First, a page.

Darryl MacLeod, vCISO at LARES Consulting, an information security consulting firm, says the rise in electronic commerce has led to an increase in the number of ways that criminals can commit fraud.

“In addition, the growth of online banking and other financial services has made it easier for criminals to access sensitive information,” he explains.

MacLeod notes that in response to the growing threat of payment fraud, the PCI SSC has made some changes to the PCI DSS.

Some of the most significant changes will be the requirement for organizations to encrypt electronically stored SAD (Sensitive Authentication Data) before the completion of an authorization and the requirement to implement multi-factor authentication (MFA) for all access to CDE (Cardholder Data Environment).

“There are several payment security challenges that organizations will face next year,” he adds.

These include the continued growth of online commerce and the associated increase in fraud, and the adoption of new technologies, such as EMV chips and mobile payments, which can create new opportunities for criminals.

Digital Transformation Efforts Impact Payment Security

Hanson agrees that corporations will be pivoting and adapting to the new v4.0 Standards during a time when the capabilities of threat actors continue to evolve and escalate, enabling the skillful exploitation of both existing and emerging threats and weaknesses within payment systems and processes.

Additionally, digital transformations that rely heavily on cloud technologies are introducing new drivers that impact the payment security industry, further complicating the role of CISOs and other security managers and practitioners.

“CISOs are increasingly challenged in their efforts to secure payment security compliance, and in convincing board members and other stakeholders of the importance and significance of securing strategic support and resources,” Hanson explains.

In the 2022 Payment Security Report, it's pointed out how CISOs are often using outdated methods to secure support, and a change is needed for all stakeholders in approach.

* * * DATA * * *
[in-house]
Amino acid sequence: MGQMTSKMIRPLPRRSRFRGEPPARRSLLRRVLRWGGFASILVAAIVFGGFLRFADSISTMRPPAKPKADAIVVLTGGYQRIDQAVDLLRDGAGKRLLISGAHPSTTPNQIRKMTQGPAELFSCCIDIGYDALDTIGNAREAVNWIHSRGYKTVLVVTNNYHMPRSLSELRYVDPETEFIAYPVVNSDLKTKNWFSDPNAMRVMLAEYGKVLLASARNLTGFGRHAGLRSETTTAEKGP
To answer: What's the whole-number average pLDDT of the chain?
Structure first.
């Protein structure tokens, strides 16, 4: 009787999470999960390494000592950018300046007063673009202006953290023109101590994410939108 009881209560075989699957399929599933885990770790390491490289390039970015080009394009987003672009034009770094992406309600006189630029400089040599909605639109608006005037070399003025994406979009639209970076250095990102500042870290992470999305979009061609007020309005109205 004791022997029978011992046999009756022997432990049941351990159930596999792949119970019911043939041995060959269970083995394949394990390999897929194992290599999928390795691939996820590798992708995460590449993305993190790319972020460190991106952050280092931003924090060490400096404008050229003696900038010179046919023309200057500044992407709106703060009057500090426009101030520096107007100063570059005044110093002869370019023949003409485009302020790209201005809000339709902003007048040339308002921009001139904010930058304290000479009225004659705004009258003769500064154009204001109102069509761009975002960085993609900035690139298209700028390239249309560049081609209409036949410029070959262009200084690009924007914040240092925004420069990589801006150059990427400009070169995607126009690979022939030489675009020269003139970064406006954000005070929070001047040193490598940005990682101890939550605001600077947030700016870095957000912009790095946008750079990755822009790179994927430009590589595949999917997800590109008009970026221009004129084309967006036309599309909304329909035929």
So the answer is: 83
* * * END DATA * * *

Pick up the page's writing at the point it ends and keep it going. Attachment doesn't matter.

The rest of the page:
“Rather than taking a check-the-box approach to compliance, CISOs and other security leaders need to take an out-of-the box, thinker’s approach that involves implementing frameworks and models,” Hanson says. “This is especially true for those taking the Customized approach to compliance.”

MacLeod says there are several key stakeholders in organizations who ensure payment security compliance, from the CEO and CIO across to the CISO and CFO -- and these roles are changing as the payments industry evolves.

“For example, the introduction of new technologies such as mobile payments and contactless payments are changing the way that payments are processed and increasing the importance of security,” he says.

As a result, stakeholders such as the CIO and CISO are playing an increasingly important role in ensuring payment security compliance.

In its report, Verizon includes a metaphor of the Evergiven container ship that got stuck in the Suez Canal in March 2021.

“Had the canal authorities foreseen the potential accident, they likely would have planned more comprehensively and carefully,” Hanson says. “It will become increasingly essential for CISOs, board members, and those involved in governance to think out of the box and consider unintended consequences of their payment security choice.”

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About the Author(s)

Nathan Eddy

Freelance Writer

Nathan Eddy is a freelance writer for InformationWeek. He has written for Popular Mechanics, Sales & Marketing Management Magazine, FierceMarkets, and CRN, among others. In 2012 he made his first documentary film, The Absent Column. He currently lives in Berlin.